Automated Soil Climate Monitoring: SCAN
The National Water and Climate Center administers a pilot soil climate monitoring program consisting of automated data collection sites across the U.S.
The Soil Climate Analysis Network (SCAN) began as a soil moisture/soil temperature pilot project of the Natural Resources Conservation Service in 1991. The system is designed to provide data to support natural resource assessments and conservation activities. More recently, the Tribal Soil Climate Analysis Network (Tribal SCAN) was developed to support similar activities on Tribal lands across the U.S.
The SCAN system focuses on agricultural areas of the U.S. and is composed of over 200 stations. A typical SCAN site monitors soil moisture content at several depths, air temperature, relative humidity, solar radiation, wind speed and direction, liquid precipitation, and barometric pressure. More about SCAN sensors.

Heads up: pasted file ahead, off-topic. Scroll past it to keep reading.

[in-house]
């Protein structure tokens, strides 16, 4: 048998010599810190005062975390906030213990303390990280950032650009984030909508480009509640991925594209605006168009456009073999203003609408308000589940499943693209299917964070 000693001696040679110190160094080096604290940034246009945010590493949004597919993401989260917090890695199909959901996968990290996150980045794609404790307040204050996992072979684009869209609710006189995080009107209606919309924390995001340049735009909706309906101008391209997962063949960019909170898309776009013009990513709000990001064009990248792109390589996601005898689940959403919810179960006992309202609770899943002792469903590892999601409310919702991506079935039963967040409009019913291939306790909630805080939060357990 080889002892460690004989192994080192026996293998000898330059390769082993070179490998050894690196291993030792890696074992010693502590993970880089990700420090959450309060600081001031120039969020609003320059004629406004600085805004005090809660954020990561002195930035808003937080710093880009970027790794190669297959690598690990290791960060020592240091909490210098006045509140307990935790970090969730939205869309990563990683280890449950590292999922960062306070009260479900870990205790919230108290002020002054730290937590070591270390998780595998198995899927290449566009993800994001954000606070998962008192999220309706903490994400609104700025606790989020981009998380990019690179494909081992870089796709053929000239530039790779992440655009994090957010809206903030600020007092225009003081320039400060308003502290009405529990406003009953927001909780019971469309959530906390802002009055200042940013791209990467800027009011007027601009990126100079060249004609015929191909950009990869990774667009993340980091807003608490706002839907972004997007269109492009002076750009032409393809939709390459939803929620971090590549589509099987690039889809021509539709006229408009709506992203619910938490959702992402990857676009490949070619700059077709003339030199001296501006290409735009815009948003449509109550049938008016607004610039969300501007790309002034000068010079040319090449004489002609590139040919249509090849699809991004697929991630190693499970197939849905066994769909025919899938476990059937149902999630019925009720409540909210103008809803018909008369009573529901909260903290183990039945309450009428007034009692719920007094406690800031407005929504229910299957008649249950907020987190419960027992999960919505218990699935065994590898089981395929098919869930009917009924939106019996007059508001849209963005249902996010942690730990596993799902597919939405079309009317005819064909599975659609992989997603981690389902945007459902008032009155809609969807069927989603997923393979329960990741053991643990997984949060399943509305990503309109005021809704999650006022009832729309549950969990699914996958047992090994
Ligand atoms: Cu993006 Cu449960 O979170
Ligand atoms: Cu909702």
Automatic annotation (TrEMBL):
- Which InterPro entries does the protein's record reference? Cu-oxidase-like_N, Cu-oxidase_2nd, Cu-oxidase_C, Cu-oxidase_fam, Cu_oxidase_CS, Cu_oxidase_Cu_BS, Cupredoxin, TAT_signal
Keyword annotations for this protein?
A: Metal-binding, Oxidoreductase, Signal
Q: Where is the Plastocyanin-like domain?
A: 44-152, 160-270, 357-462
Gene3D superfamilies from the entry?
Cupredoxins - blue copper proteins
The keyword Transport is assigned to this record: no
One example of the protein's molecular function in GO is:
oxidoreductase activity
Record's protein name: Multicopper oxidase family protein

SCAN automated data collection site
Soil moisture and temperature sensors at a SCAN site. Standard depths are 2, 8, and 20 inches. Optional depths are 4 and 40 inches.
Telemetry and Data Transmission
Data at SCAN sites are collected hourly and stored by a datalogger installed in an electronics enclosure. Depending on the location of the site, data are transmitted back to the Water and Climate Information System using one of several telemetry systems:
Satellite (GOES, Iridium)
Tribal SCAN Brochure
National Soil Survey Center
Texas A&M University North American Soil Moisture Database